Texas governor Rick Perry's bid for the Republican nomination has cheered climate sceptics who share his view that global warming is a 'phony mess'
Perry calls global warming "all one contrived phony mess that is falling apart under its own weight." Unlike many of the other GOP presidential candidates, he hasn't expressed concern about climate change in the past, so he won't have to do any back-pedaling. Notorious climate denier Marc Morano is a big fan: "Based on climate views alone, anyone who is holding their nose voting for Mitt Romney because there's no other viable candidate will now rejoice to have an option with Rick Perry."
The Texas governor will announce his intentions in the early primary state of South Carolina on Saturday, then head to New Hampshire and Iowa to rub elbows with all of the other aspiring commanders-in-chief. As a social and fiscal conservative, governor of a state that's been adding jobs (even if they're low-wage), and owner of a full head of lustrous hair, Perry is expected to swagger to the front of the pack in the contest for the Republican nomination.
Perry served as Al Gore's Texas campaign chair in the 1988 presidential race, just before switching his party allegiance from Democrat to Republican, but conservatives don't have to worry that Perry holds any residual affection for the former veep. "I've heard Al Gore talk about man-made global warming so much that I'm starting to think that his mouth is the leading source of all that supposedly deadly carbon dioxide," Perry said in 2007.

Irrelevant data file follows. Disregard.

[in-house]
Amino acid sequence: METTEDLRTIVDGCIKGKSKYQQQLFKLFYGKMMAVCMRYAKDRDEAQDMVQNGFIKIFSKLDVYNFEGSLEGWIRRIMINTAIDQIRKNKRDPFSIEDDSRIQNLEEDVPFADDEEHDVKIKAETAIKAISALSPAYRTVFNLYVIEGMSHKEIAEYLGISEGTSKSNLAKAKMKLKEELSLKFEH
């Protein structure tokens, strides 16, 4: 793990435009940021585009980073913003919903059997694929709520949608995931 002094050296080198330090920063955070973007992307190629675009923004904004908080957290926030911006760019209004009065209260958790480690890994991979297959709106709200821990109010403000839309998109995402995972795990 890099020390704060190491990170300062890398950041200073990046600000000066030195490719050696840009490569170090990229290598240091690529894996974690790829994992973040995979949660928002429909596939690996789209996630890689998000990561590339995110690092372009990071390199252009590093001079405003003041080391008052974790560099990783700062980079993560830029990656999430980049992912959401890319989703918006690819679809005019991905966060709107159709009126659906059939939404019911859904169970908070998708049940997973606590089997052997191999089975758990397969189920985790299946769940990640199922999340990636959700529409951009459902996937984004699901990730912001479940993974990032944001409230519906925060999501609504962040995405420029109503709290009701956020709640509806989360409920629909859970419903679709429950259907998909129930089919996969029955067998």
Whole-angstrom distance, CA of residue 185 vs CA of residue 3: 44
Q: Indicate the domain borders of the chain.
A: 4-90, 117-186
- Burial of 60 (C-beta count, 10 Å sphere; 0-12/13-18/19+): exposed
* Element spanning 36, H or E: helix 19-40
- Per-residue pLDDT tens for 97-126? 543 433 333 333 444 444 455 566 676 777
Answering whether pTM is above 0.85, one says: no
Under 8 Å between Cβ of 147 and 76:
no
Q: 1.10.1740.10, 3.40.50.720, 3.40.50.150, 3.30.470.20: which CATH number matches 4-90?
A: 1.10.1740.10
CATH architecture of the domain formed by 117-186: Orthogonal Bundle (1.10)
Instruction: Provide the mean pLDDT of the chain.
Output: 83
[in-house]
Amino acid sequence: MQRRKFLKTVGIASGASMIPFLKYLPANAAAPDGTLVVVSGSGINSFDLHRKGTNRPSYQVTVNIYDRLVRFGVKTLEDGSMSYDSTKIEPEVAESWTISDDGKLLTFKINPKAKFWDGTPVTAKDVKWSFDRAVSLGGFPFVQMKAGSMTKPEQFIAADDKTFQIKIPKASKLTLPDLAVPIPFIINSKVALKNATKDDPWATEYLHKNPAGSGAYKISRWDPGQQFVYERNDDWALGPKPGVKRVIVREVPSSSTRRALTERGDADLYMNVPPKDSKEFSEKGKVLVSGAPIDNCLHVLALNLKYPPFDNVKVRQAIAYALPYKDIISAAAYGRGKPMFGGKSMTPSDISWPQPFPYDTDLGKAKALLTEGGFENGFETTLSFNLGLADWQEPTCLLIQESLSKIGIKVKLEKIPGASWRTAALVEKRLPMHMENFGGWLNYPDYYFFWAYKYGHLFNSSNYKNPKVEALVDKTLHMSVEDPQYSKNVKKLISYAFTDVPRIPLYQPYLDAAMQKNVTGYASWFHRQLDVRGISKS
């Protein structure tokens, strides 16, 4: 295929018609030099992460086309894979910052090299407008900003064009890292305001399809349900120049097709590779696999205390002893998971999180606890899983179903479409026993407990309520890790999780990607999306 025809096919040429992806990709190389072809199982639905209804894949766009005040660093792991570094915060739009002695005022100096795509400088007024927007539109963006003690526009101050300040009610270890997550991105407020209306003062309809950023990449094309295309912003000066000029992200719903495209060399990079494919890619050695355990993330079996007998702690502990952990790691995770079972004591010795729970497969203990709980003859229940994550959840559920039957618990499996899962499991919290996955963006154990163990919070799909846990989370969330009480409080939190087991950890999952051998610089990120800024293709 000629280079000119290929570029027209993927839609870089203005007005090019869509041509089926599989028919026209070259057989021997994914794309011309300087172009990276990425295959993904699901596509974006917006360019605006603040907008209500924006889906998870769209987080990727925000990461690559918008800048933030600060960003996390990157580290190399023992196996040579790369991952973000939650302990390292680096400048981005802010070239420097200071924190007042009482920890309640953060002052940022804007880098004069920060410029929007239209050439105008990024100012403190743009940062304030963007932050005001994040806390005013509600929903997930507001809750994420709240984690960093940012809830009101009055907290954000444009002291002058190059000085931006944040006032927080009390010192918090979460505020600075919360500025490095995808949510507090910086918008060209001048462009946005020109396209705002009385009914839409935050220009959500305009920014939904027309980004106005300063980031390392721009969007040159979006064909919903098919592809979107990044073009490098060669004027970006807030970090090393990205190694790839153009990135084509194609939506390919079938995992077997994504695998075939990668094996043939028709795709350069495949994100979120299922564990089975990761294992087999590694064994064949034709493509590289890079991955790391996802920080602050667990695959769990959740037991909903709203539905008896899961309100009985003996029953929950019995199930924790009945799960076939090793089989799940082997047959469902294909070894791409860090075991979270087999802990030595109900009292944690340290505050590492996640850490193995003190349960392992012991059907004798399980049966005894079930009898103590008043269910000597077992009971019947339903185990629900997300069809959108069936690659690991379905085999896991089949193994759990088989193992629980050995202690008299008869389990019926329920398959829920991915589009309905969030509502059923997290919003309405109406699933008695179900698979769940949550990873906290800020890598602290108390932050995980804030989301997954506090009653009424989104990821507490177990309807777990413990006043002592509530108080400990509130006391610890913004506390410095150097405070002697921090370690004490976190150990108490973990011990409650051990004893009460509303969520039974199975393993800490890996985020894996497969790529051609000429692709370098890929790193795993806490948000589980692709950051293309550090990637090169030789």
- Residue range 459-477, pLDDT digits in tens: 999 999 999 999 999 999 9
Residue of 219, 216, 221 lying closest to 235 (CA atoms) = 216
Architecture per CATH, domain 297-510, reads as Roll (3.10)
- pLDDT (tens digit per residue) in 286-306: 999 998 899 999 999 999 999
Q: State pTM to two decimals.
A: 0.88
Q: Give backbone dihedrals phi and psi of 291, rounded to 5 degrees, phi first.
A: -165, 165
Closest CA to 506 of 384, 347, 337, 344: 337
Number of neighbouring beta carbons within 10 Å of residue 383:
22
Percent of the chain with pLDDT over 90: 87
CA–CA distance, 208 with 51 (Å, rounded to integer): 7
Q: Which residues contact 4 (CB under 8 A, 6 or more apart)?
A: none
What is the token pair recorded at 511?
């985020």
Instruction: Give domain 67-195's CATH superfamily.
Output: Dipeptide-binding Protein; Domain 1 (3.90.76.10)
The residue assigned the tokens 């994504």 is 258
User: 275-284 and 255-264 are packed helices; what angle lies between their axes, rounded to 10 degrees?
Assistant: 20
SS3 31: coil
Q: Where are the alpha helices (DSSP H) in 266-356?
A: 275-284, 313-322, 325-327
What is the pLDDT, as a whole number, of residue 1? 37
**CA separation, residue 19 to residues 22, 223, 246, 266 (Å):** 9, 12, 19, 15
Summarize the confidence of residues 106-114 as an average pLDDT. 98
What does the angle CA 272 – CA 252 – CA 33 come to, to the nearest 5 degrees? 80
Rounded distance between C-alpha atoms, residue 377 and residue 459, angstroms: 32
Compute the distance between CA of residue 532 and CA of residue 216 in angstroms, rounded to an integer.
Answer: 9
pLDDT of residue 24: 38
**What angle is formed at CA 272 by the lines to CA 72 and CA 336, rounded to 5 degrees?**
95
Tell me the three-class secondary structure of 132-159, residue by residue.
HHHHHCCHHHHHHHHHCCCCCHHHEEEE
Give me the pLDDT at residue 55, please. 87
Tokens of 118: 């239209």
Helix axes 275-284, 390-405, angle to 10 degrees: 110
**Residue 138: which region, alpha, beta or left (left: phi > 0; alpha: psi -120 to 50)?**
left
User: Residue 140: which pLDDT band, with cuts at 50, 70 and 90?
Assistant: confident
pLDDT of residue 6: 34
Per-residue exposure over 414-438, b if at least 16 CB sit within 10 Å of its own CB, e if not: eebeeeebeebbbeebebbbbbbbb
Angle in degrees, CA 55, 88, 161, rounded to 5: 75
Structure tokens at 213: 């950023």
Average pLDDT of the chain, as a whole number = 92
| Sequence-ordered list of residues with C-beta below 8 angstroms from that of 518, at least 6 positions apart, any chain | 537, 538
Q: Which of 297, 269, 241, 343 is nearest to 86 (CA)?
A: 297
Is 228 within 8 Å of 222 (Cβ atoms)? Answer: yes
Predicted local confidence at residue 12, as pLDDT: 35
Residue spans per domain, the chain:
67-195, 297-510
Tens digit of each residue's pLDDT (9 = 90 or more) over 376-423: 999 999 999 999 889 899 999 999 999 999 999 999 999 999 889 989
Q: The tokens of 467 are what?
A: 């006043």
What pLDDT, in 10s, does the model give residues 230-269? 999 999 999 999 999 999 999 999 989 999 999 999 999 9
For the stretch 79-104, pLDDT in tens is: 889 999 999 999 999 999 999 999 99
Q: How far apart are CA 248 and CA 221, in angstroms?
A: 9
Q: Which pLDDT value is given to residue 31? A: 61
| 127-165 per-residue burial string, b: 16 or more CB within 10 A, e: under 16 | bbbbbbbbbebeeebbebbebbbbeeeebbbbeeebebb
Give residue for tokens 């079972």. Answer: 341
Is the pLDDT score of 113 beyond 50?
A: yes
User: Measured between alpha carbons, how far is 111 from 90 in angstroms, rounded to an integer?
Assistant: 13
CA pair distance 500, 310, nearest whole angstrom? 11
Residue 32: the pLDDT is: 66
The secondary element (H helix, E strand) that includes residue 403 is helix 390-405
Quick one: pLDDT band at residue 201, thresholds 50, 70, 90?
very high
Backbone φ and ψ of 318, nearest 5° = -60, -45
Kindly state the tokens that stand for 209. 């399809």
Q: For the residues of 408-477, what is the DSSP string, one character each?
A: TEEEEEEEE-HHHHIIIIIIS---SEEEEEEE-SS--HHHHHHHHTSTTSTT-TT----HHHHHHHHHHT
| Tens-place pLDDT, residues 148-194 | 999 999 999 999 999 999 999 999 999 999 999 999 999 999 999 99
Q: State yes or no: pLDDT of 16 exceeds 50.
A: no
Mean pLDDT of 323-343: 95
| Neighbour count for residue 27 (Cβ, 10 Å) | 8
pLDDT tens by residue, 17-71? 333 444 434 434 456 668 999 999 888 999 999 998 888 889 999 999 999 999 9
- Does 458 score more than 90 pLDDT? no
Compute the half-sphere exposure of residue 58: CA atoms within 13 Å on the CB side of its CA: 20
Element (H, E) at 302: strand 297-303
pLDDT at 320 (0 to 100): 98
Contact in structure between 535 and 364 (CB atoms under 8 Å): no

Anti-tax zealot Grover Norquist, for one, isn't concerned: "If Perry was president, one of the things I'd not worry about is a carbon tax," Norquist told Politico. "I'd worry about big spiders eating New Jersey first."
But plugging your ears and going "la la la la" doesn't make global
warming disappear. Perry's state is getting absolutely hammered by heat and the worst one-year drought in its recorded history. The hot, dry weather in Texas is desiccating rivers and lakes, devastating farmers and ranchers, and driving wildfires that have burned up millions of acres. In the face of these crises -- which are just what you'd expect in a climate-changed world -- Perry proposes neither adaptation nor mitigation but rather supplication. He's been praying for rain and calling on other Texans to do the same. So far no luck.